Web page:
The Bechdel Test, named after cartoonist Alison Bechdel, asks if a work of fiction features at least two women who talk to each other about something other than a man. (Sometimes the "test" includes whether the characters are also given names.) It's amazing how many films can't pass that simple test. But Gunn promised that "Guardians 2" won't be like them -- or just present generic "strong" women -- because that's lazy, boring writing and he has higher ambitions than that.
Here's part of his Facebook post:
"... Now I know, in these weird times, just for writing this, I will be accused of being an SJW or 'having an agenda'. Who knows. You can categorize it however you want. But in truth I DO have an agenda, and that is telling FULL and TRUTHFUL stories, where ALL the characters are deeply realized. As a person I am a man; as a writer, I need to be everyone. Only in this way will our art and our entertainment adequately express life and inspire all of us. I am sick of stories where there are a bunch of fully realized male characters and one female character, whose primary characteristic is simply being 'the girl' or the personality-less object of some man's affections.
I'm not sick of this because I'm politically correct – those of you who know me know I am far from that – but because it's boring, and it's b.s. Likewise, I don't think only making female characters 'strong' is a fix either - you see her all the time these days, the perfect female warrior, who is a reaction to the stories of the past, but who is equally as boring and one-dimensional.
Great male characters, from Michael Corleone to Marty McFly to Han Solo to the Joker, are never perfect and never one-dimensional. They are sometimes heroic and sometimes villainous and often deeply flawed. But they always reflect the fullness of the world around us. I do not think that is true of the majority of female characters in films.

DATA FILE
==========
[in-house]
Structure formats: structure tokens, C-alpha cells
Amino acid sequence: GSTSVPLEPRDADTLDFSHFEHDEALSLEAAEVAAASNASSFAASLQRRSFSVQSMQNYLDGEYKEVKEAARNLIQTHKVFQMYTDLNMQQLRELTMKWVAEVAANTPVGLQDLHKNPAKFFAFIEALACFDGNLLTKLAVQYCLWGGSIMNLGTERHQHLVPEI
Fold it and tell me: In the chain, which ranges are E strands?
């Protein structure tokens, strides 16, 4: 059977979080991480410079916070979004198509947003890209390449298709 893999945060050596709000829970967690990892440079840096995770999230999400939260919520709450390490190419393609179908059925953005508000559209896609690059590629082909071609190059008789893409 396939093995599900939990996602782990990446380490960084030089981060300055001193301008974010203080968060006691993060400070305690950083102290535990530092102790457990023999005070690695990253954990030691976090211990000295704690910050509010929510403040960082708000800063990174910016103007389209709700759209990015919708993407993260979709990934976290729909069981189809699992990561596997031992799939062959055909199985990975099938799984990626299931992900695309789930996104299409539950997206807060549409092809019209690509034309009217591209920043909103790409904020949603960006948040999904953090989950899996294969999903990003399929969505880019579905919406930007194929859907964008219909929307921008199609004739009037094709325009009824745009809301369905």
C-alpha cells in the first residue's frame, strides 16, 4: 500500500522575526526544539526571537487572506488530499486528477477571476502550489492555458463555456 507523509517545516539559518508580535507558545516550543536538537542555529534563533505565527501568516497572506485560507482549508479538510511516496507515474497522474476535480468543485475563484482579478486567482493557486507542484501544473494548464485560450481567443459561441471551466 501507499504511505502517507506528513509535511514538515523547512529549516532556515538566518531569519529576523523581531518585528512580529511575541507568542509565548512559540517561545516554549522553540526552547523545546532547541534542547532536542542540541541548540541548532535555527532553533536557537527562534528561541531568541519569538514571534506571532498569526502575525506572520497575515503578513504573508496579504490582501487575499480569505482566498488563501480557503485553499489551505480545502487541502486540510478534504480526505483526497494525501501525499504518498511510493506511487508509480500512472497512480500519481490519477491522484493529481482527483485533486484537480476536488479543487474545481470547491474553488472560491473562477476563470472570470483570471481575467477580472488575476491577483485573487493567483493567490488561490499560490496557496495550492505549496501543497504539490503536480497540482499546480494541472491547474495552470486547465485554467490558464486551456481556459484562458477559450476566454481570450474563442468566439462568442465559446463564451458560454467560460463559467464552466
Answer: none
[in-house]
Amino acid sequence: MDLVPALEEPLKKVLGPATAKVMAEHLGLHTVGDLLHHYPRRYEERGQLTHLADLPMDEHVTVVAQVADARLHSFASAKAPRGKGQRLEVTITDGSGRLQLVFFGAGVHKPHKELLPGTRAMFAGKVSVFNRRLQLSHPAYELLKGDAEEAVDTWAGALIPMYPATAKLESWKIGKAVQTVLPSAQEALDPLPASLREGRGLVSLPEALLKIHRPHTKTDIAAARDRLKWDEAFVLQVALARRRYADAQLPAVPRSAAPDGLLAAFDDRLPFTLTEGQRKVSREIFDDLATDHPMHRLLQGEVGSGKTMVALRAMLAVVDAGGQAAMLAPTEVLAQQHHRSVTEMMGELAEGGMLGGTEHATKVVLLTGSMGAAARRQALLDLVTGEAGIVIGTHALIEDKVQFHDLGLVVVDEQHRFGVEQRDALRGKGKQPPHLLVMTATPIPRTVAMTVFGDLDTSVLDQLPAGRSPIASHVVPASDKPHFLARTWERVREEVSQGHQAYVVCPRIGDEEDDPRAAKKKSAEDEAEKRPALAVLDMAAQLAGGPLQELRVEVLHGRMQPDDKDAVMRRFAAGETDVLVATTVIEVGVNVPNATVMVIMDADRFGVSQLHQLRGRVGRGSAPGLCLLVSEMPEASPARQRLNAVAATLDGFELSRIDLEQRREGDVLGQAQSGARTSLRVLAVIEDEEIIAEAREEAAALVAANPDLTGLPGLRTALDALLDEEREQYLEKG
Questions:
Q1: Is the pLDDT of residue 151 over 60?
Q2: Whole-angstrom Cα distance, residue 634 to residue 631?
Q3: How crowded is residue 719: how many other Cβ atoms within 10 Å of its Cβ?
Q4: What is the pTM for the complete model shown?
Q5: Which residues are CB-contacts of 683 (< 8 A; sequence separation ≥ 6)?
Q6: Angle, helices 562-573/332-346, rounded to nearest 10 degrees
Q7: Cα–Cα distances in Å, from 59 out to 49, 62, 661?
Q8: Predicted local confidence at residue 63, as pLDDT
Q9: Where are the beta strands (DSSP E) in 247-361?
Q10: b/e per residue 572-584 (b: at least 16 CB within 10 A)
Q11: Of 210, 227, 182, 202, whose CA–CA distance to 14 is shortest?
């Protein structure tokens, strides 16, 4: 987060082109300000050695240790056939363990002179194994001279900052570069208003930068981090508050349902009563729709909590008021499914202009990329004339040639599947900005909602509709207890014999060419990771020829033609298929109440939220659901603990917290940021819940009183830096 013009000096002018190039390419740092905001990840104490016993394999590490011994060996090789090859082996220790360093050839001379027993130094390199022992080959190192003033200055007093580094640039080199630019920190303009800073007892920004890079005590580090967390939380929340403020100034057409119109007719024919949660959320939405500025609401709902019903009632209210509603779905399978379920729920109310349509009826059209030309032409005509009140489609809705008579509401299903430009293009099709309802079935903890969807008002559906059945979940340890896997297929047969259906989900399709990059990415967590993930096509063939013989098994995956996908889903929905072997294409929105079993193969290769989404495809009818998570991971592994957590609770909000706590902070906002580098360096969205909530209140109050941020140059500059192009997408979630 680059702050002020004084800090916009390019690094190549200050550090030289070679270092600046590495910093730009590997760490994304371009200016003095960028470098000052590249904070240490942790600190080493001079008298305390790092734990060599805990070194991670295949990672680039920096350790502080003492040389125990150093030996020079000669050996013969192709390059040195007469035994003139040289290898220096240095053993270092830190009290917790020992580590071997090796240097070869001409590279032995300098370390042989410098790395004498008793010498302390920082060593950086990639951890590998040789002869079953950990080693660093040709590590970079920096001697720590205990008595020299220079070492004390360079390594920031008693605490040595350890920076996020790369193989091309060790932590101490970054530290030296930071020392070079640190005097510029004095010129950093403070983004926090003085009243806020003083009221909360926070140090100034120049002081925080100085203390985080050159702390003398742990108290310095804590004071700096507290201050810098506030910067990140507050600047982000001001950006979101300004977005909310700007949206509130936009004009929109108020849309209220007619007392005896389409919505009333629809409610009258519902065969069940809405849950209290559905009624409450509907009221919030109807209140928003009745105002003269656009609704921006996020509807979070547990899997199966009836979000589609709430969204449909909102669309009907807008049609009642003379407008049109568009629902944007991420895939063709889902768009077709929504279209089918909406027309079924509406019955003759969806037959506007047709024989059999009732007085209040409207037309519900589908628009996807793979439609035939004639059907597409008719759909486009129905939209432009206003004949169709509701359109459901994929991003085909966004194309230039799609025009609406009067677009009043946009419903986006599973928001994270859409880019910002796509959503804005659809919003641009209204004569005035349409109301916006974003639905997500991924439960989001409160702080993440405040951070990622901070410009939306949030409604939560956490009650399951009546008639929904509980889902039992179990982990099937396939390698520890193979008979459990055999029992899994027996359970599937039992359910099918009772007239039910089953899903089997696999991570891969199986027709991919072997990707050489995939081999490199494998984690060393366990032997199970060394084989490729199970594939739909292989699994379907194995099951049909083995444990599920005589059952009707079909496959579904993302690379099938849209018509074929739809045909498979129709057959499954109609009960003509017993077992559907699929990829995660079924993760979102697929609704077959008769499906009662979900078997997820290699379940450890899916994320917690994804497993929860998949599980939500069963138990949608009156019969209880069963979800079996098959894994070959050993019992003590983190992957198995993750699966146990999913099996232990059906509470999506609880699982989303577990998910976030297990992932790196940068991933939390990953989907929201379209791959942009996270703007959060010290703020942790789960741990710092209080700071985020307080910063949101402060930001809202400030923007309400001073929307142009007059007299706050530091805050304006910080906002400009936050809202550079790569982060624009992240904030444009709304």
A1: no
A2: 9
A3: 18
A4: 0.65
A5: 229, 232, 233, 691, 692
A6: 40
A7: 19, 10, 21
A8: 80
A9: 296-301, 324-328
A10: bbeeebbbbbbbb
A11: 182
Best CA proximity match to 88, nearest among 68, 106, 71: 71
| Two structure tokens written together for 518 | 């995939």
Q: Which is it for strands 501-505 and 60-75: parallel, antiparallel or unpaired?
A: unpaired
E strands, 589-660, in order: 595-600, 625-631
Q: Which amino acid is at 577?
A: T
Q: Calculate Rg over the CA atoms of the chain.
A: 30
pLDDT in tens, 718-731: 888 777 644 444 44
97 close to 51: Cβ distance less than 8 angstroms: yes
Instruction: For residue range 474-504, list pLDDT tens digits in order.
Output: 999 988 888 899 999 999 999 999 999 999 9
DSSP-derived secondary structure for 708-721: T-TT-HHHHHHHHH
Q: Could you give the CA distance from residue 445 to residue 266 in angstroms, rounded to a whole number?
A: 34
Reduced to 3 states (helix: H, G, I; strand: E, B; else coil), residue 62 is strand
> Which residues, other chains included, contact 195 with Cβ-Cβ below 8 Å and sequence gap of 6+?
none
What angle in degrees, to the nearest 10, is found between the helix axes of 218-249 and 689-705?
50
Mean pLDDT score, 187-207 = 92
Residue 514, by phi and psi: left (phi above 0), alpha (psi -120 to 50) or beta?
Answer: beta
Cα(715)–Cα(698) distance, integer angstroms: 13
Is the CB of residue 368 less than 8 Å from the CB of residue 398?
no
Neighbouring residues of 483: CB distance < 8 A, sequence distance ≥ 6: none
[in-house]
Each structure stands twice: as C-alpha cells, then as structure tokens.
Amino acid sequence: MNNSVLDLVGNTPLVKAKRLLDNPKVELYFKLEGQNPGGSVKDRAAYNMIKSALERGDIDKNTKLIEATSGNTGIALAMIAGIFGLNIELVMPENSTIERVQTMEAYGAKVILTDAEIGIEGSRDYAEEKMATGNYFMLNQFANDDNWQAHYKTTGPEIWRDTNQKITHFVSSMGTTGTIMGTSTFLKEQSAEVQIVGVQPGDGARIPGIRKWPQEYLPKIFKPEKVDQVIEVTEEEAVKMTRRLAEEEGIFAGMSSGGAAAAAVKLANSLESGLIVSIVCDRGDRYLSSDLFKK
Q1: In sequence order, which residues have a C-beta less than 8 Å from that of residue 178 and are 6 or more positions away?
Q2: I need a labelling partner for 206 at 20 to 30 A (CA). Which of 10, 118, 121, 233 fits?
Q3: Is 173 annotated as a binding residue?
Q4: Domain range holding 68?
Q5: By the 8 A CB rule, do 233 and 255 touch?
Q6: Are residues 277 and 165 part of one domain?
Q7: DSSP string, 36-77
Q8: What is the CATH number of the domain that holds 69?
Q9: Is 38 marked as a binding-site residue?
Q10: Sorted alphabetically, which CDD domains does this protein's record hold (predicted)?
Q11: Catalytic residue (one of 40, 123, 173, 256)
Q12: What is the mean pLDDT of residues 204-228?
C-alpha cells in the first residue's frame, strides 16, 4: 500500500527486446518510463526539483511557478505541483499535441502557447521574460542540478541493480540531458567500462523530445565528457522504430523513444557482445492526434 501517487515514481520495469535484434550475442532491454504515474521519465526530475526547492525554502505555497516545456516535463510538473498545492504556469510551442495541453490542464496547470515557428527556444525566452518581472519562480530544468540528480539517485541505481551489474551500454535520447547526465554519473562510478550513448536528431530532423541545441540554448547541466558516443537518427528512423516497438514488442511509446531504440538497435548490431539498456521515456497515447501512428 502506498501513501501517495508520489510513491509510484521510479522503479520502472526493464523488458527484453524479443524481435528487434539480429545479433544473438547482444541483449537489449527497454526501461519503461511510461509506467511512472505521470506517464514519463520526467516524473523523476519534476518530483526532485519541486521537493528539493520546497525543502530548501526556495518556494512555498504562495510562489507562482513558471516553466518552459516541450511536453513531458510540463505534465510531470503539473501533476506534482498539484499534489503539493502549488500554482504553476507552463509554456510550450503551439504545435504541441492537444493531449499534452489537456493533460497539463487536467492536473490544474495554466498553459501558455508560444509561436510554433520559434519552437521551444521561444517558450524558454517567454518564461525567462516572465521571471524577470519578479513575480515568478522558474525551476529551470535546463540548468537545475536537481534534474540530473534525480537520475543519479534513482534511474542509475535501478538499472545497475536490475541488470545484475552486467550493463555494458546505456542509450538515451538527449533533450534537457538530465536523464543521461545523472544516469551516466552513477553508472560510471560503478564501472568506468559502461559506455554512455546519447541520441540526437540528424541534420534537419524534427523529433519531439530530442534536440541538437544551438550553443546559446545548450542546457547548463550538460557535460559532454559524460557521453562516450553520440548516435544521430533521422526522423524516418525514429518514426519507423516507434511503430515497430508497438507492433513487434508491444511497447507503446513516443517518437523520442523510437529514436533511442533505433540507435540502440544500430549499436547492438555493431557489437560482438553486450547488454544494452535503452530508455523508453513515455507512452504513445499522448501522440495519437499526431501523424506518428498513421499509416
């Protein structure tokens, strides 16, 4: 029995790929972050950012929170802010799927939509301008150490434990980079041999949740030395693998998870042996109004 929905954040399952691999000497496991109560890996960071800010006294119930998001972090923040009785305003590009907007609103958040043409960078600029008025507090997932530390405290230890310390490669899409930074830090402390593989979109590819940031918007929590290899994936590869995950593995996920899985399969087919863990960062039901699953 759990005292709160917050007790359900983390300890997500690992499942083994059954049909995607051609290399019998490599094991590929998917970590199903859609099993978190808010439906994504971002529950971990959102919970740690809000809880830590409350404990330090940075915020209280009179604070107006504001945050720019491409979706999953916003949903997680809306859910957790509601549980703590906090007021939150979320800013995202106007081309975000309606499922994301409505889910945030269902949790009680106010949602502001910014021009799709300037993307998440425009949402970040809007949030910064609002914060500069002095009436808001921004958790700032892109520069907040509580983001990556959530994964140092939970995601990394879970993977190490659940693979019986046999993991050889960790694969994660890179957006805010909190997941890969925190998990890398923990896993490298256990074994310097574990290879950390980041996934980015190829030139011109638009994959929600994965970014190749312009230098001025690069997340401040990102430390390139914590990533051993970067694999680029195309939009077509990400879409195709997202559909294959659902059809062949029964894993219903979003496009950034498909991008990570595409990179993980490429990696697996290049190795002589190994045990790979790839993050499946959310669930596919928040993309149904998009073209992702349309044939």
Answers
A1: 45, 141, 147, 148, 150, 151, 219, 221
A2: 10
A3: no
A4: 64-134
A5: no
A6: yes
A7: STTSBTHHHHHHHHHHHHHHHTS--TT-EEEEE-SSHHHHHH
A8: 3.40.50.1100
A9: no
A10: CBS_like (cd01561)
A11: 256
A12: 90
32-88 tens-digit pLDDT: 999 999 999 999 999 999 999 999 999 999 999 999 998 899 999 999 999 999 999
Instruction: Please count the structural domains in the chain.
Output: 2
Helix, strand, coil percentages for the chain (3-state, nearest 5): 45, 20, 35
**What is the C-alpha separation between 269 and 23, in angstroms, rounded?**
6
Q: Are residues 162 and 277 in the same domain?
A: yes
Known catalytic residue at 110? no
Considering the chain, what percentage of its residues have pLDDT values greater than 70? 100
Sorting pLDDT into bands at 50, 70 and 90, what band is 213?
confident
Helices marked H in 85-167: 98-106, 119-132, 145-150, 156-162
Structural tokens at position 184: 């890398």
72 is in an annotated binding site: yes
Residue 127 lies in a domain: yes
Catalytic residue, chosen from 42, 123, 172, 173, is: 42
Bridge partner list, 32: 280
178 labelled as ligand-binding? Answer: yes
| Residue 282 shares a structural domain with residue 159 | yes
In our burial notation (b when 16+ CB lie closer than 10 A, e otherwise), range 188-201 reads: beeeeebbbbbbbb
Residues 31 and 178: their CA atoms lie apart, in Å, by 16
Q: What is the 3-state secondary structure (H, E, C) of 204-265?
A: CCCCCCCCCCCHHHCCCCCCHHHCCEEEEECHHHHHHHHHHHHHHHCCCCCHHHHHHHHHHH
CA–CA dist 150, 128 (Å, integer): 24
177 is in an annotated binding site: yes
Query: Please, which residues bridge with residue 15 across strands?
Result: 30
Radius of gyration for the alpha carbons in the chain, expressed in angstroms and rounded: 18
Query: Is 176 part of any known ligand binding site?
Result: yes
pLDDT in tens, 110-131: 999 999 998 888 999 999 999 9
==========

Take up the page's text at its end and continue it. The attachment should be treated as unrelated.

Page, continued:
I have done my best, as a male writer, with varying degrees of success, to bring female characters and female stories to the forefront. Whether they're protagonists like Ana in Dawn of the Dead or Starla in Slither, comedy relief like Deadly Girl, Nightbird, and Power Chick in The Specials, or the insane, scene-stealing roles usually reserved for men, like Libby in SUPER.
And I can't wait for you all to see Guardians of the Galaxy Vol. 2, with Gamora, Nebula, and Mantis in action, where we not only pass the Bechdel test, but run over it and back up over it again and again in an eighteen-wheeler truck, and where their stories and the men's stories don't come at the expense of each other, but are interwoven in a way to strengthen and optimize all of them..."
He's a good egg. Zoe Saldana returns from Vol. 1 as Gamora, with Karen Gillan as Nebula, and Pom Klementieff as Mantis. Also, Elizabeth Debicki is playing Ayesha, and we have our eyes on her character to make waves as well. Of course there are dudes in the movie, too, and one of them is called Star-Lord, played by the inimitable Chris Pratt. He said the "Guardians" sequel would be the biggest spectacle movie of all time. So Vol. 2 now has several big promises to keep.
"Guardians of the Galaxy Vol. 2" opens May 5, 2017.
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Peter Quill and his fellow Guardians are hired by a powerful alien race, the Sovereign, to protect their precious batteries from invaders. When it is discovered that Rocket has stolen the items they were sent to guard, the Sovereign dispatch their armada to search for vengeance. As the Guardians try to escape, the mystery of Peter's parentage is revealed. Read More